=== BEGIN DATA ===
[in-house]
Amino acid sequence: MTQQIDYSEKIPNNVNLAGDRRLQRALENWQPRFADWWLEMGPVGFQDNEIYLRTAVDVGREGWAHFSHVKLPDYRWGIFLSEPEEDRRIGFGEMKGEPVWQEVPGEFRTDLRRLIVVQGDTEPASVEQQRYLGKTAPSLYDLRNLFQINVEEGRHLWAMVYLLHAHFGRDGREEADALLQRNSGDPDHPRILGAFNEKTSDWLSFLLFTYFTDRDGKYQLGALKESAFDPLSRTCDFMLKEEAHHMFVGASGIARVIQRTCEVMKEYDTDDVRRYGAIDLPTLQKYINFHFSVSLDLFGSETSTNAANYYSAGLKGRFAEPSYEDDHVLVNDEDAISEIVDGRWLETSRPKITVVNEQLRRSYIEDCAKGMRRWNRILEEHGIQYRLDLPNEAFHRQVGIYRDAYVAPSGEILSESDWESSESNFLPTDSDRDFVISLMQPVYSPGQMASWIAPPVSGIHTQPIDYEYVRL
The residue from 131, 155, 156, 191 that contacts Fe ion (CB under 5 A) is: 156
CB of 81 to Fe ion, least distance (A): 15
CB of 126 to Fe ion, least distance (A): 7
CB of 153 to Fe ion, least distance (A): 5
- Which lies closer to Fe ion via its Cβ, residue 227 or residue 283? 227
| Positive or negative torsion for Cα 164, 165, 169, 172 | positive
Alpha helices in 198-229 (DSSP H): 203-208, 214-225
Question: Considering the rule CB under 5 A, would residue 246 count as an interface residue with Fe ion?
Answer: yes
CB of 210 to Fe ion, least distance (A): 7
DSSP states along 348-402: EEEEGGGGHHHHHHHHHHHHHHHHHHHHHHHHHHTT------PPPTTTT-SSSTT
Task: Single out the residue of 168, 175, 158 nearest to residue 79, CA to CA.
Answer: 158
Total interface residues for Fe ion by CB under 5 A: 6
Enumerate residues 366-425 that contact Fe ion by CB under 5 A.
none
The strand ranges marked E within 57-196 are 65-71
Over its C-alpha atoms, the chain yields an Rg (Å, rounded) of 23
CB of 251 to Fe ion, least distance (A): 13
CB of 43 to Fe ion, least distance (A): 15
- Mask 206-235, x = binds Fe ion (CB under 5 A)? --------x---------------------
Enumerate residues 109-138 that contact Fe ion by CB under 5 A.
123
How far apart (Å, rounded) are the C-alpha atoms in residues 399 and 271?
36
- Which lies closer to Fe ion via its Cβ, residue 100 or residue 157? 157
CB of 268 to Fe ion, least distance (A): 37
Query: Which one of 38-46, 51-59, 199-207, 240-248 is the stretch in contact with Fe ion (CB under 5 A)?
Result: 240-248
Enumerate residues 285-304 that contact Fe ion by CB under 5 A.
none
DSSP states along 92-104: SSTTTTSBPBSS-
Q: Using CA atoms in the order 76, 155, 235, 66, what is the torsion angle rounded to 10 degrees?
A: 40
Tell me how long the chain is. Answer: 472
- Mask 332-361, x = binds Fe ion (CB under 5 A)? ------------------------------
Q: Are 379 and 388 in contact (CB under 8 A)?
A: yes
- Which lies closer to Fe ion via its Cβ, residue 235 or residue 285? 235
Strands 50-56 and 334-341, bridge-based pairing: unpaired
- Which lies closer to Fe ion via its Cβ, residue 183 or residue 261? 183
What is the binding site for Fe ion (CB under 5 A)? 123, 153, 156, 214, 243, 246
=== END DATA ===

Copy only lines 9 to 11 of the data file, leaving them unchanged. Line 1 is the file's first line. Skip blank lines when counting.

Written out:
Alpha helices in 198-229 (DSSP H): 203-208, 214-225
Question: Considering the rule CB under 5 A, would residue 246 count as an interface residue with Fe ion?
Answer: yes